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Fall cuttings

 
Ken W Wilson
Posts: 333
Location: Nevada, Mo 64772
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Does it work to root cuttings in the fall? Maybe it's better to wait for spring? I'm thinking of a mulberry at the moment, but I'd be interested any hearing about any types of trees you have experience with.

Thanks!
 
William Bronson
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Location: Cincinnati, Ohio,Price Hill 45205
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Me too!
Up, I am also interested.
My knowledge on this is small.
I have had some success with rooting blackberry cuttings in the fall, using rooting compound and stuffing the cuttings into a sub irrigated bucket of peat and manure.
 
Michelle Bisson
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Location: Quebec, Canada
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This winter, I am propagating grapes, gooseberries, blueberries & sea buckthorn (seaberry).  I put them in some a compost mix I created in pots and then buried them with wood chips all around them to protect them from the winter cold. I have also put some raspberry tips in the ground this fall.

I had good success with grapes & gooseberries last winter, so I am expecting success with these.

It is a wait and see with the blueberries & sea buckthorn as it is the first time trying these with hardwood cuttings.

It could be possible to take the cuttings late winter or early spring before the leaves/flowers come out.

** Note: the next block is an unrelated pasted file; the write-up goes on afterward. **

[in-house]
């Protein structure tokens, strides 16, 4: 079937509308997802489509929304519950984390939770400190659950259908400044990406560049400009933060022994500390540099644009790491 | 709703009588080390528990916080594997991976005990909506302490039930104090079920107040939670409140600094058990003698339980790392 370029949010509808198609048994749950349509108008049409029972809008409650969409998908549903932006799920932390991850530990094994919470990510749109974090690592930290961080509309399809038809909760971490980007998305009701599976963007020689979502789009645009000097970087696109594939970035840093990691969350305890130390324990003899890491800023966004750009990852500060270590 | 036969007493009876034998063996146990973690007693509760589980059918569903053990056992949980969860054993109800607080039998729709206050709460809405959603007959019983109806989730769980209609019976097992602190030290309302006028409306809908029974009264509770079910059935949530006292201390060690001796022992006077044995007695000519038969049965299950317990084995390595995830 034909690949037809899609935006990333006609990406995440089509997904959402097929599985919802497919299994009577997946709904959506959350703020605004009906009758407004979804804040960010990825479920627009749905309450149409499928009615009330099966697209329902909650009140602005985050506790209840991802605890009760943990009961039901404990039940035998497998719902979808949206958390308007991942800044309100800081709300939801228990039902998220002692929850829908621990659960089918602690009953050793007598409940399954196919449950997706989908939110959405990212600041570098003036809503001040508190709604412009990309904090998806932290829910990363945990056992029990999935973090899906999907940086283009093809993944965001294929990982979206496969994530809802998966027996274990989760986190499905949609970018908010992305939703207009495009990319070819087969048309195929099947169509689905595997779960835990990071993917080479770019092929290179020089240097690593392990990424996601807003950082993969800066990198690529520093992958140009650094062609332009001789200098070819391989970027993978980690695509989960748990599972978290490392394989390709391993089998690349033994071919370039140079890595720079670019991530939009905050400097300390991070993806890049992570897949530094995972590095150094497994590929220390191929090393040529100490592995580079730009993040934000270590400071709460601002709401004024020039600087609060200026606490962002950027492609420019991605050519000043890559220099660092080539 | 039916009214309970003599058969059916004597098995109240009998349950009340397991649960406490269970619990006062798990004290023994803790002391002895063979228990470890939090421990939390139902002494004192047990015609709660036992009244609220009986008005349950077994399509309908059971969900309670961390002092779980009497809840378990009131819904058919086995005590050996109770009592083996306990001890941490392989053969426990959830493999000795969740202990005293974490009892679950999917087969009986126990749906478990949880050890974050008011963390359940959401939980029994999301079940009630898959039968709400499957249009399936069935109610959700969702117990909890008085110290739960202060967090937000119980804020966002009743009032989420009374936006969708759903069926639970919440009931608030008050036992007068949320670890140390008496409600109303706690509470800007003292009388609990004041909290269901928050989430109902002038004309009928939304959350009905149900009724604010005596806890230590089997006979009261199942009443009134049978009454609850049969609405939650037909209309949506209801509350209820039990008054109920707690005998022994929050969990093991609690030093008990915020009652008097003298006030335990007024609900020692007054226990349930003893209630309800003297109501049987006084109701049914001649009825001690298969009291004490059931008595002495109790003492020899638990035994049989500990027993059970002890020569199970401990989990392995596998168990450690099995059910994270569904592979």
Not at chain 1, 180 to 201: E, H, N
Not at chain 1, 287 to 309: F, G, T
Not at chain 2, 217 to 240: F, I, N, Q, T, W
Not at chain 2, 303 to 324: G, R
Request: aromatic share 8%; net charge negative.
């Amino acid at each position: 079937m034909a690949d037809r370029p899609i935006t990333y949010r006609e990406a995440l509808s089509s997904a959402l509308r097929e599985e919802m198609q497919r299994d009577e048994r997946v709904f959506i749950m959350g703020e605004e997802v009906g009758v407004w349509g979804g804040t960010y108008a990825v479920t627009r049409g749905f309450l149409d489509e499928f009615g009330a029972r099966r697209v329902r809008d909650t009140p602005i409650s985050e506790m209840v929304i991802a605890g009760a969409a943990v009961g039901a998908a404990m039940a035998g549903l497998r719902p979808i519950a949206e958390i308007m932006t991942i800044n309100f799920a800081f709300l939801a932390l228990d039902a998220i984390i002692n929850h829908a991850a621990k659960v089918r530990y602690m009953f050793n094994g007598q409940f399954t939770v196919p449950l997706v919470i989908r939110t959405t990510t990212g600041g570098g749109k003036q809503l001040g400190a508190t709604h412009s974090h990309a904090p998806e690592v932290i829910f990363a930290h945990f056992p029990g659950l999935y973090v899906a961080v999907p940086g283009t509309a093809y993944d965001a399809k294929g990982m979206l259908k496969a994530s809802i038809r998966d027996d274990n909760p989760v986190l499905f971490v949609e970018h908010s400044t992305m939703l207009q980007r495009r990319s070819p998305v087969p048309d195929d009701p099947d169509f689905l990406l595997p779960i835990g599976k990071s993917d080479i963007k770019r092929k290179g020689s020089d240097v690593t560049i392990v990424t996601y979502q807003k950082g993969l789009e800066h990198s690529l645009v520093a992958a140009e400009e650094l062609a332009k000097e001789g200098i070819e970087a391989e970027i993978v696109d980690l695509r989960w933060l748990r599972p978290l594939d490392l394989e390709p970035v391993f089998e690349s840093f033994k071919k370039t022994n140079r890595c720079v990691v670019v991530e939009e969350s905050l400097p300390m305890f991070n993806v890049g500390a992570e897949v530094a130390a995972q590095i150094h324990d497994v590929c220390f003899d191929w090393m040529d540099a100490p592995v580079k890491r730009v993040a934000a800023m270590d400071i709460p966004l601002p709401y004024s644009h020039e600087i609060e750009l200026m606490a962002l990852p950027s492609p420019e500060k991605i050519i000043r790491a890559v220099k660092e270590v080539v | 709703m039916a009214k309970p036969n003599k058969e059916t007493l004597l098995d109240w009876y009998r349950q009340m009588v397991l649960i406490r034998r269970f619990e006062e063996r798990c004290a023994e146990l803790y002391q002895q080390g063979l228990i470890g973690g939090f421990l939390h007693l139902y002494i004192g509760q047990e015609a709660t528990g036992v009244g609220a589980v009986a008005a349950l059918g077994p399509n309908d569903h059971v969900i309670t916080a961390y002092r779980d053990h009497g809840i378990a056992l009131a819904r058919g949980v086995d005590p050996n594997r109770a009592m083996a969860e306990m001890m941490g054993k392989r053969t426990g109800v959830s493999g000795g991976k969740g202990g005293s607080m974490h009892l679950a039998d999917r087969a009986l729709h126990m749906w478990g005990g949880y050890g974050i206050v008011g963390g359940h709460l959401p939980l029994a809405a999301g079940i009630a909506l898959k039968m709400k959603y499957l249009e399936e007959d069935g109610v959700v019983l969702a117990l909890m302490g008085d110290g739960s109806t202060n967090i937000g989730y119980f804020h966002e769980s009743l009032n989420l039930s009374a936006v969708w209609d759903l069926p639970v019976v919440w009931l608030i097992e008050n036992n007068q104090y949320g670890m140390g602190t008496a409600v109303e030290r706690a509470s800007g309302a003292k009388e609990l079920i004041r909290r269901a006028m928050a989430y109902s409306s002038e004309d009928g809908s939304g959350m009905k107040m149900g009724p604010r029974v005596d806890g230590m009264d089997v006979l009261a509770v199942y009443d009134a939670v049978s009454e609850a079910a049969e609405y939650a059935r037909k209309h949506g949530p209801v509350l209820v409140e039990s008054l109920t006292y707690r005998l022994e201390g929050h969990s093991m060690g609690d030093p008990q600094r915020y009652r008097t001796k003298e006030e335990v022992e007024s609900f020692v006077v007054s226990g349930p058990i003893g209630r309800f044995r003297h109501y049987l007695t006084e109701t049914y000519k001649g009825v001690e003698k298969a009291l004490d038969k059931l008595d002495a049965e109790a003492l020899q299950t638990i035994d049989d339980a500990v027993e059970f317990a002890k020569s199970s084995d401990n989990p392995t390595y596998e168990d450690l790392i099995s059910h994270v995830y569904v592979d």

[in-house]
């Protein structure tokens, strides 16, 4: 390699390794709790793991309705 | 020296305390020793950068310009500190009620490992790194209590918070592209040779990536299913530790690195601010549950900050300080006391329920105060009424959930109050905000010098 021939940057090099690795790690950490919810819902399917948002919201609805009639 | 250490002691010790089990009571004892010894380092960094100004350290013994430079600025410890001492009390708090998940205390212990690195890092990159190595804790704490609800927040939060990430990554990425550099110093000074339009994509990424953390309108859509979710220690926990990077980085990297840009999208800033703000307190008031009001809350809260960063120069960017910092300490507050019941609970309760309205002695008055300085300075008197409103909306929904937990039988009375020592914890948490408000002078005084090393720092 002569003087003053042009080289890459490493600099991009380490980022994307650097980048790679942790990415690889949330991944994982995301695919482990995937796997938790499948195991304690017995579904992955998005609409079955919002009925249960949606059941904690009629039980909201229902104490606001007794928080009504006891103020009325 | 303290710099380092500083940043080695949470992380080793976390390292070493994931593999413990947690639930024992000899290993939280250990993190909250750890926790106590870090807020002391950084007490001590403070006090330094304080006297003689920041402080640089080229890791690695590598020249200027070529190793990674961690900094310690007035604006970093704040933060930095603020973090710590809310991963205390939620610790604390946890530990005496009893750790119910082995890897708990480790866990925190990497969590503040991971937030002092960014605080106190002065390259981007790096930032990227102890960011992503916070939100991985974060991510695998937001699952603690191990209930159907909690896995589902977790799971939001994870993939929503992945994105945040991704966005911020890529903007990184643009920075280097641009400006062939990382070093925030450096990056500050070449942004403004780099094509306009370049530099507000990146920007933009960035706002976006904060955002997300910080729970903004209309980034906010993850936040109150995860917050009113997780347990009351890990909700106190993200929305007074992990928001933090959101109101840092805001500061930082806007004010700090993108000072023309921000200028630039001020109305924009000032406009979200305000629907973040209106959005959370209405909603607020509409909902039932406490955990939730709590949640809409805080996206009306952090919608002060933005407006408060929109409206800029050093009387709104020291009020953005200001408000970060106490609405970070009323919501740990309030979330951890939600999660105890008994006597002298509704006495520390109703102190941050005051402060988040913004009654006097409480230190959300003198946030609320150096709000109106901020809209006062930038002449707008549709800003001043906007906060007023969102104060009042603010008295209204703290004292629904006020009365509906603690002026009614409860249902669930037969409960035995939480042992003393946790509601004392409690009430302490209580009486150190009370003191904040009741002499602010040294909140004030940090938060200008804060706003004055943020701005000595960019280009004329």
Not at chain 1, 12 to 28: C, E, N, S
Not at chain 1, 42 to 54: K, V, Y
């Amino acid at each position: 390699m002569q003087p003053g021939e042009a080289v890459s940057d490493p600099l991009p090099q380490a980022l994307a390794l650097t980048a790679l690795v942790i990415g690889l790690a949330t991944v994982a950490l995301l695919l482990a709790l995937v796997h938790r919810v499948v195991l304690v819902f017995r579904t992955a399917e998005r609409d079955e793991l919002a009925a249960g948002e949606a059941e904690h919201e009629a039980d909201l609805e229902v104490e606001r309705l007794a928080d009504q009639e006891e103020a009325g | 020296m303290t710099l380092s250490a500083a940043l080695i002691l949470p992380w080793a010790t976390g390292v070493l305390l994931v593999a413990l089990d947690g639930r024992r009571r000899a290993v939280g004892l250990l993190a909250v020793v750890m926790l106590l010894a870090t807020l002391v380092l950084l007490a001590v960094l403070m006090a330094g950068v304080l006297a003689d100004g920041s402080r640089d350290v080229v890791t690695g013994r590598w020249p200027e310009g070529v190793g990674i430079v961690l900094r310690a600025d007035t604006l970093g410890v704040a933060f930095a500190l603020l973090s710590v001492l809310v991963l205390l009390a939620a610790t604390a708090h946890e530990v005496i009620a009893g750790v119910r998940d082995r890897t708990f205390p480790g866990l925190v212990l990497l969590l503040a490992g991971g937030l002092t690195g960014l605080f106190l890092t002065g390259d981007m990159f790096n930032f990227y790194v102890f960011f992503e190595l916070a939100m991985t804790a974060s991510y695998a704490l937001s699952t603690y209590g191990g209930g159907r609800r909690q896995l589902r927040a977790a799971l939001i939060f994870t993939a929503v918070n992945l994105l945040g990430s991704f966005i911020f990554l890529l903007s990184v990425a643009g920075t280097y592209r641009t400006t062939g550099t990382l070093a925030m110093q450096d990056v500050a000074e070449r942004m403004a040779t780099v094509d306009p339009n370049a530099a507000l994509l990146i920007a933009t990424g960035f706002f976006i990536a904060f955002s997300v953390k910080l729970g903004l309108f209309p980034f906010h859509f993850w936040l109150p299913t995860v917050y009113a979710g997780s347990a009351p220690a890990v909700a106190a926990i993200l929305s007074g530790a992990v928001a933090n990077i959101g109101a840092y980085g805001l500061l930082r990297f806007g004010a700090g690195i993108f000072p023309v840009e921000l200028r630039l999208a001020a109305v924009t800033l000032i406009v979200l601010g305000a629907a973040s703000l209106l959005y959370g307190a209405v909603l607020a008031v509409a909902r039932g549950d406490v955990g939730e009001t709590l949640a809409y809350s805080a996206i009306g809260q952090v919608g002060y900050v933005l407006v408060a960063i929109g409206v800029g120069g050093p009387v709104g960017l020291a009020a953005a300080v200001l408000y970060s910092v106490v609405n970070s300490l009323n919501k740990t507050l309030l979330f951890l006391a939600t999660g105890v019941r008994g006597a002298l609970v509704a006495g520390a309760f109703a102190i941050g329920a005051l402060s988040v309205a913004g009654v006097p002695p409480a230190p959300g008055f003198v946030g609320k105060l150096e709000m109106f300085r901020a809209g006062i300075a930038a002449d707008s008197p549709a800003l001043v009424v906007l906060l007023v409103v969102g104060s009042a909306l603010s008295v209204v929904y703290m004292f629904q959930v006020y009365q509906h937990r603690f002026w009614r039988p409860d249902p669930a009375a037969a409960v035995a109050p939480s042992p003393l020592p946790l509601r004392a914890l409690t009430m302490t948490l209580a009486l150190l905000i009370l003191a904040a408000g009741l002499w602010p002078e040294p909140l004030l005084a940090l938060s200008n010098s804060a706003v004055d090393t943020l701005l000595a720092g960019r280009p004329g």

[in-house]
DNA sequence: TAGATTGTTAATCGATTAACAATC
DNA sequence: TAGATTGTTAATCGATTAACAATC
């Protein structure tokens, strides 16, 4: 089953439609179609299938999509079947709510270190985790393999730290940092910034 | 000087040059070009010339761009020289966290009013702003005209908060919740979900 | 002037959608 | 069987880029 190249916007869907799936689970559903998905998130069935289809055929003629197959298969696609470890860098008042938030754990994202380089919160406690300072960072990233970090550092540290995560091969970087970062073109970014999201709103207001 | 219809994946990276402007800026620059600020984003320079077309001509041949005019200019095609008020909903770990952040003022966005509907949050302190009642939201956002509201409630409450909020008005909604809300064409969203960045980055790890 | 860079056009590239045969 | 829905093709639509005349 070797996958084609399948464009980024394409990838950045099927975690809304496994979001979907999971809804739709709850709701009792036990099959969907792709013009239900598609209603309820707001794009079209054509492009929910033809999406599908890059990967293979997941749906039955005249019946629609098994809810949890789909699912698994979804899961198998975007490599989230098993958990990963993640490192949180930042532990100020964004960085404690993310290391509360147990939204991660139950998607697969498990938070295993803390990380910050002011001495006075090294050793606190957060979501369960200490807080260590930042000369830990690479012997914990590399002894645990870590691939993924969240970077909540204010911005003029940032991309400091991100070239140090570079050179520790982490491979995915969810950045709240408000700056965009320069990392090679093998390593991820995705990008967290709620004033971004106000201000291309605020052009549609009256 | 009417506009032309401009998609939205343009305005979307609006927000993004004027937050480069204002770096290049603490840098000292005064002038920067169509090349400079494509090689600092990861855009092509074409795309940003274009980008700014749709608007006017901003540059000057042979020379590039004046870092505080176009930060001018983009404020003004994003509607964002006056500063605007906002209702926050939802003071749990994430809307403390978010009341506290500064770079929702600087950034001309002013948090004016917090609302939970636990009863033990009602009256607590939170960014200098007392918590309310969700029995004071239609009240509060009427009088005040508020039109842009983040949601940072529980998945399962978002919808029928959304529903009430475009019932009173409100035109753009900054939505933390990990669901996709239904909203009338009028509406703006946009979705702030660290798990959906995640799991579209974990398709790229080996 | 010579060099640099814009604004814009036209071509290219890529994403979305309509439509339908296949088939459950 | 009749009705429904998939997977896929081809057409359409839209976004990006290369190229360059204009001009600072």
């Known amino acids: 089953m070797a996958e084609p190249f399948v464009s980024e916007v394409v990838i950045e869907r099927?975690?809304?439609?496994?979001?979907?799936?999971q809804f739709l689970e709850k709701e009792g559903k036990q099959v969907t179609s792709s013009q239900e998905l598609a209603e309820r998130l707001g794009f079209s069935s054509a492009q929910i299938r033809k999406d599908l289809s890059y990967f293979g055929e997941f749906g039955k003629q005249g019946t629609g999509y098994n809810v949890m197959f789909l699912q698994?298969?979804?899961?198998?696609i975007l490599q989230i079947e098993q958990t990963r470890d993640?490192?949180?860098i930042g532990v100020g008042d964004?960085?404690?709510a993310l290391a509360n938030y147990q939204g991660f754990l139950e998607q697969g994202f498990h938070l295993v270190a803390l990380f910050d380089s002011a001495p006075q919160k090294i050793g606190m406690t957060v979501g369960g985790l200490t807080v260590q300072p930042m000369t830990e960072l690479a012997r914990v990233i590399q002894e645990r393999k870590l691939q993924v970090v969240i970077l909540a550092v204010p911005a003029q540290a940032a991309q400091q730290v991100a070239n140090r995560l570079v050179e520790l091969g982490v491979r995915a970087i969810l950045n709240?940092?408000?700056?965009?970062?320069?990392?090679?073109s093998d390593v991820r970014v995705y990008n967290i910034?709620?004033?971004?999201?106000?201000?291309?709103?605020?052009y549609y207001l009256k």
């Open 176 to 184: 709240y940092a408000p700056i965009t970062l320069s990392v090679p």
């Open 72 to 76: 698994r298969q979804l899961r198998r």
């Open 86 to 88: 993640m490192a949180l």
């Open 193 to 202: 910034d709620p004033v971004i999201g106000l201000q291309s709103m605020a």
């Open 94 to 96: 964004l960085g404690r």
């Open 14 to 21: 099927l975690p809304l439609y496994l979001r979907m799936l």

The best is to experiment to see what plants root from cuttings at different times of year.

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Marco Banks
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Location: Los Angeles, CA
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Where I live, it's good to root cuttings in the fall because the sun isn't as hot.  I have a shade structure that lets about 30-40% of the sunlight through, but it can still be quite hot.  That's where I have my nursery plants.  So herb cuttings get rooted in the fall, as do other vining plants.  I just rooted some passion fruit vines this past week and have a number of figs that I've started this month as well.

Where do you live?

 
Akiva Silver
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I plant lots of cuttings every fall. I've had the best success with currants, jostaberries, and elderberries. I plant them when they are fully dormant and before the ground freezes. I just stick in 12" cuttings and mulch heavily. I don't dig them up until the following fall. They grow outside all year with no protection other than mulch.
 
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